Three Surprising Questions About Periods

Lots of our bodily functions seem gross, and
that makes them hard to talk about. Especially periods. They combine bodily fluids and sex, two topics
that make some people a little squeamish. But they’re a totally normal part of life
and are experienced by about half the population. Understanding our bodies means not being afraid
to ask questions, so seeing as this week is Valentine’s Day, what better way to celebrate
than by answering three surprising questions about periods, in honor of the tens of millions
of women who’ll have theirs that day. And men, there’s even stuff in here for
you, too! I’m so romantic I’m Anna Rothschild and this is… NOT SO Gross Science. Ok, let’s get started. Question 1. What’s actually in period blood? Well, it’s made up of cells from the lining
of the uterus, immune cells, vaginal secretions, and of course, blood. And one small study in which doctors collected
participants blood from their used tampons found that it contains 385 unique proteins
that aren’t found in either vaginal secretions or in the blood circulating in your body. The cool thing is that if we can figure out
what’s in average menstrual blood, one day doctors could possibly use it to diagnose
different diseases, or figure out why a woman might have trouble getting pregnant. It turns out that by studying periods, we
could even learn how to keep other parts of our body healthy.The uterus has to withstand
inflammation really well, and despite all the shedding and rebuilding of the lining,
it doesn’t get scarred, even after many cycles. So as scientists figure out how the uterus
stays so resilient they could maybe figure out how to heal other parts of our bodies,
too. Ok, let’s move on to Question 2, which is
about going number 2! Why do I always have to poop so much when
I have my period? Lots of women experience this phenomenon and
for that you can probably thank two chemical signals: prostaglandins and progesterone. Prostaglandins signal the uterus to contract,
to push out the uterine lining. But it’s likely that some nonconformist
prostaglandins head over to the bowels and make them contract too, with some stinky results. Also, progesterone, which is a hormone that
helps you maintain a pregnancy, is slightly constipating. But levels of it drop during your period,
so it lets things loosen up down there. Finally, Question 3. Are humans the only animals that menstruate? The answer is no, but there aren’t many
others. As far as we know, menstruation only happens
in some primates, some bats, and weirdly, elephant shrews. That said, some animals, like dogs, may bleed
at other times, like when they’re about to reach peak fertility. Now, from what we understand, primates, bats
and elephant shrews all evolved to have periods independently. So what do they have in common? Well, they all build up their endometrial
lining before they get pregnant. And this is different from most other mammals,
which build up the lining only after they get pregnant. So, why did we evolve that way? Well, one idea is that humans have super invasive
embryos, which burrow far down into the uterus to interact with the mom’s blood vessels. The embryos of many other animals really only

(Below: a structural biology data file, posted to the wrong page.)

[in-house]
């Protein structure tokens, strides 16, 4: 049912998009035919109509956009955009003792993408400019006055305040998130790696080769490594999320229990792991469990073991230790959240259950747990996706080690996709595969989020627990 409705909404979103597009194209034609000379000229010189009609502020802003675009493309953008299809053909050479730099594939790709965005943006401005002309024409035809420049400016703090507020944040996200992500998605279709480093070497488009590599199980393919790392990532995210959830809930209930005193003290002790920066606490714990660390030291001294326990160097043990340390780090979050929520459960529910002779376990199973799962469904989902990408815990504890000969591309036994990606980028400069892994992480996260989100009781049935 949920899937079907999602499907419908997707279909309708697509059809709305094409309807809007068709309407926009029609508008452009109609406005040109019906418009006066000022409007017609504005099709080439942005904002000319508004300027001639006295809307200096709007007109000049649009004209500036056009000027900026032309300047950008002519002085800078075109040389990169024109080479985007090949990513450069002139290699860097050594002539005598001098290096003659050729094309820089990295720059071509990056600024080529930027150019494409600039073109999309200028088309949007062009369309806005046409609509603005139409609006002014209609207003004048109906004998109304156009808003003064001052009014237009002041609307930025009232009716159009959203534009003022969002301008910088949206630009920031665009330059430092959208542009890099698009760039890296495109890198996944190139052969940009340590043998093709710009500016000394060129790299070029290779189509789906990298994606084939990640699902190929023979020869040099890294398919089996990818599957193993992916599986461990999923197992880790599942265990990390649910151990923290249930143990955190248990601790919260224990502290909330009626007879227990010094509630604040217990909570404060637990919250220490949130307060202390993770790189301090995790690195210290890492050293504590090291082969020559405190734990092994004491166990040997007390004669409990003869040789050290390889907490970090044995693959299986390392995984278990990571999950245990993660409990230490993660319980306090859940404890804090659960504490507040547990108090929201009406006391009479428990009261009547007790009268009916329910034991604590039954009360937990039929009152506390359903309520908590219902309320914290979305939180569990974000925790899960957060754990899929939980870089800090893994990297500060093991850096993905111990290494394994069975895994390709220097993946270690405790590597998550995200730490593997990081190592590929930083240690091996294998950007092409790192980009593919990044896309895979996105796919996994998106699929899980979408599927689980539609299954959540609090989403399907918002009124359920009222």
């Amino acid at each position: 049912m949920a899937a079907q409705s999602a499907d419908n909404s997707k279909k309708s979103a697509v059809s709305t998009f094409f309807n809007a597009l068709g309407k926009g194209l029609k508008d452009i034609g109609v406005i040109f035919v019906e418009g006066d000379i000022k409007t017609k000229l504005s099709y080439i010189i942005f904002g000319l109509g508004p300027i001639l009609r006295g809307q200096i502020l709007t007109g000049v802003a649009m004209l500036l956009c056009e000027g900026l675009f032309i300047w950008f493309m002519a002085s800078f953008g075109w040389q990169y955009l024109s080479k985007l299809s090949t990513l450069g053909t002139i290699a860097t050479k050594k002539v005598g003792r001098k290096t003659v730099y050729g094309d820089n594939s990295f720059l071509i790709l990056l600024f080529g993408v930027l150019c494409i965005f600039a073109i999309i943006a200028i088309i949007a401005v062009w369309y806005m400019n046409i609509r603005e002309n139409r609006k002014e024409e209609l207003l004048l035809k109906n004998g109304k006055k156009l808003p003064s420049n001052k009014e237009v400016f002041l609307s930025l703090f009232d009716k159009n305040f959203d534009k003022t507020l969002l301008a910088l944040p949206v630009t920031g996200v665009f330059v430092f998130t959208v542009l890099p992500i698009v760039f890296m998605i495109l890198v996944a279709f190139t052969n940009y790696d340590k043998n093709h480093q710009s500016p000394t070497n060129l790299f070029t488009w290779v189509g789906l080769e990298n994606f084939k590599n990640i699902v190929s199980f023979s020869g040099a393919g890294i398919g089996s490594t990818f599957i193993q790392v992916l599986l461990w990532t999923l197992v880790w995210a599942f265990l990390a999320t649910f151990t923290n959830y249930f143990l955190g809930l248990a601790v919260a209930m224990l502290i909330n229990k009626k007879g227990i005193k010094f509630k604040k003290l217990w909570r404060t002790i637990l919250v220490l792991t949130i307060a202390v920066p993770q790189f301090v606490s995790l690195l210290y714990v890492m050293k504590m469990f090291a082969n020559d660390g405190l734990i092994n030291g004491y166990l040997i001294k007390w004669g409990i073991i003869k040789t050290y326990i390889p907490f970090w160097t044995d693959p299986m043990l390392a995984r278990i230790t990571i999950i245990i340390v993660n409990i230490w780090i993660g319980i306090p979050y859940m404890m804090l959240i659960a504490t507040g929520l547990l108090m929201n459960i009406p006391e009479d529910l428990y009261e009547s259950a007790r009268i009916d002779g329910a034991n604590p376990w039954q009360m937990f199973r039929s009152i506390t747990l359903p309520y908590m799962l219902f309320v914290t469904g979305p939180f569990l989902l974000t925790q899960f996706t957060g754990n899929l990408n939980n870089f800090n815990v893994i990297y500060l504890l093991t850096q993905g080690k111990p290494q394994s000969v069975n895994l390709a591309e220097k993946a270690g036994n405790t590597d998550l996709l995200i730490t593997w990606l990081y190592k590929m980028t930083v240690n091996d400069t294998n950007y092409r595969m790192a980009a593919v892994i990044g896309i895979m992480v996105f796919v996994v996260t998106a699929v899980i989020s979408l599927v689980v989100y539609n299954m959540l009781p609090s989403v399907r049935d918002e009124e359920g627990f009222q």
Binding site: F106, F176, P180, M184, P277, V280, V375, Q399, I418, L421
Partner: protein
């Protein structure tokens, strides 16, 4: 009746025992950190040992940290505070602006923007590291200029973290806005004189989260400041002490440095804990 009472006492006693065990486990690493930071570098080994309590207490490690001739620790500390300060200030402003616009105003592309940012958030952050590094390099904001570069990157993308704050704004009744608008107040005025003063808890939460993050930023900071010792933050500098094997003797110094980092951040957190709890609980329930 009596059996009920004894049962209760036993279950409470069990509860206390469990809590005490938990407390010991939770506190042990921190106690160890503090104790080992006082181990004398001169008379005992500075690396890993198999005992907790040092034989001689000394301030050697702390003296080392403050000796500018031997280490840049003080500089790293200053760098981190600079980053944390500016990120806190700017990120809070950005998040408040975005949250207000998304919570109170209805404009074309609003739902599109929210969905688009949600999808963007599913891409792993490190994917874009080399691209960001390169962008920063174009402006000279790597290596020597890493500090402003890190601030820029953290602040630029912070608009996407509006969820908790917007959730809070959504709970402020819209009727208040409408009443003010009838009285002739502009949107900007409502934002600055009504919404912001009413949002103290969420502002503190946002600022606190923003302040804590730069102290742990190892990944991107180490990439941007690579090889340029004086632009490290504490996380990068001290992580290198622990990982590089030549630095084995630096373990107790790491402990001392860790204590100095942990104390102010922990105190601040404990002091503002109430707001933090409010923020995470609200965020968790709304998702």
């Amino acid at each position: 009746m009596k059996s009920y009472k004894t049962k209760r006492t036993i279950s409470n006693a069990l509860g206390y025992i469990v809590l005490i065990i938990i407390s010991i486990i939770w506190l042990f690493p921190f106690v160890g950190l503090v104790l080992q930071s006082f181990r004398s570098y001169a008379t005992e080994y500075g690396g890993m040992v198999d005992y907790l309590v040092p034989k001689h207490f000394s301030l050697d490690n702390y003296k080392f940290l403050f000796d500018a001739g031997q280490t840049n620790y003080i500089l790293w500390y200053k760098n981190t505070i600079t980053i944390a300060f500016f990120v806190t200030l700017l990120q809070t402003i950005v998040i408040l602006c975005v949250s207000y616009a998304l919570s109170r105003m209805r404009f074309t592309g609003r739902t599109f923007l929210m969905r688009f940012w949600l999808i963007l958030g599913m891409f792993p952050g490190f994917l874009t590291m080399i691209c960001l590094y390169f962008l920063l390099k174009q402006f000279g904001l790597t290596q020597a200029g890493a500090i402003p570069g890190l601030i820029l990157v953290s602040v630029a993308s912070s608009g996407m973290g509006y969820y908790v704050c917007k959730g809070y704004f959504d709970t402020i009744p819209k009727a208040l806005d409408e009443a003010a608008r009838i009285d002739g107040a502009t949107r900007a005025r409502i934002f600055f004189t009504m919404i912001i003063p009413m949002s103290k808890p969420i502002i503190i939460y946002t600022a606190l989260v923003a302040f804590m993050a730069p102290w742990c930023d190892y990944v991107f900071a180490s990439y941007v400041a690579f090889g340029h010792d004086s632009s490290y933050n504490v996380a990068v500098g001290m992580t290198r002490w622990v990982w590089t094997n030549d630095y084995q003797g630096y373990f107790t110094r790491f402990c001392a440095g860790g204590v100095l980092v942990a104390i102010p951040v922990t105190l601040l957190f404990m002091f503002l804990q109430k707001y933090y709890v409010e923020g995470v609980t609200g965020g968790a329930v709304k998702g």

graze the surface. So, it’s possible that building up the lining
before getting pregnant actually evolved as a way to protect the mother’s uterus, kinda
providing a cushion for the embryo to burrow into. In other words, it may have kept the embryo
from damaging the uterus, which could have prevented the mother from ever getting pregnant
again in the future. Of course, that cushion also provides a comfy
environment for the hungry embryo to grow in. On top of that, the lining might also help
recognize fetuses with problems, and signal the body to abort early on if it detects abnormalities. If there’s something wrong with the embryo,
or the woman doesn’t get pregnant at all, she’ll shed the lining and start the process
over. Alright, those were my three questions. But before I go, I wanted to fill you guys
in on a conversation I had while I was researching this story. I spoke to Dr. Kathryn Clancy, an anthropologist
who studies female reproduction. She told me that some basic studies on healthy,
menstruating women still haven’t been done—likely ‘cause there weren’t enough scientists
around asking questions about it. As she said, “This is one of those reasons
that diversity in science is very important.” It seems like that’s starting to change
now, but we need to keep up the conversation, and encourage more research on the subject. ‘Cause knowing more about periods could
be helpful for all of us.

38 Replies to “Three Surprising Questions About Periods”

  1. My gynecologist explained me years ago at my first appointment that our uterus decorates a baby room every month and when we don't get pregnant, it angrily tears everything down.

  2. My girlfriend didn't let me do her from behind during her periods. @2:18 now i understand why.

  3. I told my friend once how when I’m on my period and I hate going poop cause it hurts, she looks me and asks “it’s hurts?” And I thought it hurt for everyone. But nope. I guess her just feels like a normal poop? Any advice to stop it from hurting tho?

  4. Yo, T-guy passing through here! I'm really glad I've started period blockers now lol. No results yet, but hopefully they'll either drastically lighten or completely stop my periods. Any other transguys here?

  5. It is very scary every time I'm on the toilet is cry it is scary 😭😭😭😭😭😭😭😭😭😭😭

  6. they are actually not experienced by half the population. There are girls (like <14 years old) that haven't experienced them and older women (like >0 years old) that will never experience them again. 😉

  7. I was the first in my friend group to get mine, the question I got after telling people was ALWAYS “does it hurt” 😂

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